BestDrive by Continental overview of tyre damages

None of us need telling just how busy and distracting modern life can be. It’s often the case while we’re driving, what with rushing from A to B, and having to keep an eye on our fellow motorists. And once we get ‘there’, and back, there’s always something else to keep us busy or distracted. It’s little wonder then that many of us aren’t even aware that our tyres may be damaged until it’s far too late.

We don’t always know when our tyres have been impaired. Damage to the compounds surrounding our wheels results in some of the most dangerous situations that motorists can encounter. When we drive, our tyres are the only things that are in contact with the ground, and any harm they’ve incurred can lead to serious problems. In our latest tyre safety article, BestDrive by Continental examines the kind of damage you need to look out for.

Tyre cuts

Cuts in or on your tyres are dangerous. They happen when things like exposed bodywork, accident debris, or even poor road surfaces slice against the tyre, causing a rip in the compound. At their very worst, cuts can cause immediate tyre failure, though thankfully this is not usually the case. Typically, most cuts appear on the tyre sidewalls. If you find an incision on your tyre, or a chunk of rubber missing from your tyre, you should get it examined by your nearest BestDrive tyre professional as soon as possible.

Tyre bulges

Bugles on your tyres are generally caused by heavy impacts with solid objects, usually unavoidable. An example of this would be having to swerve suddenly and striking a kerb. The car will get over the kerb just fine, but later you might notice that your tyre is bulging at the point of impact. A bulge on the sidewall indicates destroyed cords inside the carcass. While not necessarily immediately dangerous, the bulge increases the chance of the tyre subsequently failing. While the tyre may have absorbed the impact and survived, this is now a weak spot that can give way at any time. Again, we recommended that you get it checked at your nearest BestDrive branch as soon as possible.

Irregular tyre wear

Tyre wear is a natural occurrence. The speed of wear is subject to individual driving style and how often you drive. Ultimately, all tyres will wear down to the road-legal minimum of 1.6mm and need replacing – by law. Sensible drivers in the know change their tyres at 3mm, since it’s at this point that tyre tread starts to rapidly deteriorate, with grip becoming harder to achieve.

Problems arise, however, if your tyres start to wear irregularly. Ideally, wear should take place evenly across the full width of the tyre. Irregular wear occurs at the outer edges, or only at the tyre centre. There are various reasons why this occurs, including misaligned suspension geometry. This circumstance results in additional force and loads being put on to the side of the tyre that is affected. If you suspect this is the case for you, book your car in at your nearest BestDrive branch for a check-up.

More commonly, irregular wear takes place due to incorrect tyre pressures. The way your tyres are inflated will directly affect tyre wear. If over-inflated, pressure is forced to the centre of the tyre, consequently lifting the tyre edges away from the road surface. As a result, not only does unnecessary wear occur at the centre of the tyre (just where you need it most) but the tyre contact patch is substantially reduced – further limiting achievable grip.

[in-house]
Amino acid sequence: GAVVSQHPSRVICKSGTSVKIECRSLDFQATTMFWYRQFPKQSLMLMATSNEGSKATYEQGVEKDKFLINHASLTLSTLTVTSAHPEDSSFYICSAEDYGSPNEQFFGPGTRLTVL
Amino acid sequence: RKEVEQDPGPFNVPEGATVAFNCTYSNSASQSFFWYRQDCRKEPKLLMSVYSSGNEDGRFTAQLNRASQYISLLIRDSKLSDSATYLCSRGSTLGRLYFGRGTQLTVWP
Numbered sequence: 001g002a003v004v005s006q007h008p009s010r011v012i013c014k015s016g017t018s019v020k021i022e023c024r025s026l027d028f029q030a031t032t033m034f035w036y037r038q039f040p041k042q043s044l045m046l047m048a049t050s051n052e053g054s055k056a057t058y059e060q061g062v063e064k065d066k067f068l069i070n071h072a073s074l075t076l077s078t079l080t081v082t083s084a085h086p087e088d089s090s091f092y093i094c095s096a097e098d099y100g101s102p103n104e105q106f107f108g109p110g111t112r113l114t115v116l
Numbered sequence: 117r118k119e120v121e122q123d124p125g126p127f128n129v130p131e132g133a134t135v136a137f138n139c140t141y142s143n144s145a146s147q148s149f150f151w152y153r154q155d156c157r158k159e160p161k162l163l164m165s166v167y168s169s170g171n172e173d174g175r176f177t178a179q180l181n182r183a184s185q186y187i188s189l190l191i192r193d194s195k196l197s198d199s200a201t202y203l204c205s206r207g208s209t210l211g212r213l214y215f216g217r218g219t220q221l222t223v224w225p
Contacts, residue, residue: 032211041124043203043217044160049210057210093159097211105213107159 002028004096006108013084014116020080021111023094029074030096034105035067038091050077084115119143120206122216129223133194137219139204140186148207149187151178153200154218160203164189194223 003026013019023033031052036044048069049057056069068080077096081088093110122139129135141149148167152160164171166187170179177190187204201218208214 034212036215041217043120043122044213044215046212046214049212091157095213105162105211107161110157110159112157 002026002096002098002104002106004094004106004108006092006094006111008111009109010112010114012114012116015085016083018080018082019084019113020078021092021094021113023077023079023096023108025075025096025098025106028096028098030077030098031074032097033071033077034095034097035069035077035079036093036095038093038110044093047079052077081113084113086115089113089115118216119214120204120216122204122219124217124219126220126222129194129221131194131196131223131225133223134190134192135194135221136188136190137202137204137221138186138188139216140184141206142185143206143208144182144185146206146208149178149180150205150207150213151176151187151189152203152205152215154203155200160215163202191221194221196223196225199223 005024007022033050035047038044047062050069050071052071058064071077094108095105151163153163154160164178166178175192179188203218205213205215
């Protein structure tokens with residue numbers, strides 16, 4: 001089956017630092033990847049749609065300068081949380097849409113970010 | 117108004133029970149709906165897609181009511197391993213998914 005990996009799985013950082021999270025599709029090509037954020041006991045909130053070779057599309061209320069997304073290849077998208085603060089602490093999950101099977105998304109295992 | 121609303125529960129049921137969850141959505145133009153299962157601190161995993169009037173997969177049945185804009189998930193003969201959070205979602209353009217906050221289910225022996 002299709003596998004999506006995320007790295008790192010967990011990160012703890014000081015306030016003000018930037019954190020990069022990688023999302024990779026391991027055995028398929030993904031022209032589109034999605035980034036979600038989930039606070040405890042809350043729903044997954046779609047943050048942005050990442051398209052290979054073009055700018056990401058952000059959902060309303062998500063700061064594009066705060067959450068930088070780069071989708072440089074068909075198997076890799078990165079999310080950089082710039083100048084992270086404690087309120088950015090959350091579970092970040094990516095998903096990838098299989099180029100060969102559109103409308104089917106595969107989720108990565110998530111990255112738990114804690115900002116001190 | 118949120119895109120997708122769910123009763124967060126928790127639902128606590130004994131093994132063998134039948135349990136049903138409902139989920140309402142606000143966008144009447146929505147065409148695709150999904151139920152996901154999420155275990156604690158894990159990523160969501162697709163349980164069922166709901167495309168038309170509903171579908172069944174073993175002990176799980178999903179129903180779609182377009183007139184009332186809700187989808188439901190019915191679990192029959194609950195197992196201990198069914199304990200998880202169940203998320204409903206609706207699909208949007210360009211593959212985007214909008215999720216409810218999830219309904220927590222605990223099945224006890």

In the case of under-inflation, the outer edges of the tyre make too much contact with the road surface, incurring unnecessary wear. This also makes the tyre harder to turn, requiring more fuel to achieve – and costing you more Euros at the petrol station. Learn more about tyre pressures.


Punctures are undoubtedly the most familiar kind of tyre damage. They happen when sharp objects on the road’s surface, such as nails, screws, broken glass, and pieces of metal, breach the surface of the tyre – deep enough to cause the air that fills it to leak out.

A characteristic – and obvious – sign of a puncture is a deflated tyre, but if relatively recent you might even hear air coming out. There’s nothing you can do once you’ve sustained a puncture, right? Wrong! In fact you can negate the effects of a puncture by fitting Continental’s Contiseal™ and SSR Self-Supporting Runflat tyre technology to your car or van.

ContiSeal™ technology

With ContiSeal™ an internal resin immediately seals puncture holes up to 5mm wide, retaining the air inside the tyre and providing you with extended mobility and unaltered mileage. There’s no immediate need to stop for a roadside tyre change, allowing you to calmly and safely get to a garage for a replacement tyre.

Continental SSR technology is just as impressive. With reinforced sidewalls, SSR tyres are self-supporting and stay vertically rigid. This negates the need for an immediate roadside stop to change tyres, and provide drivers with the opportunity to safely travel for up to 50 more miles (at a maximum speed of 50mph) to a garage for a replacement. SSR tyres are designed to be compatible with all conventional wheel rims.

SSR Self-Supporting Runflat technology

If you’re in any doubt about your tyres, pop into BestDrive by Continental. You can find your nearest branch at the top of this page.

BestDrive by Continental – You drive, we care.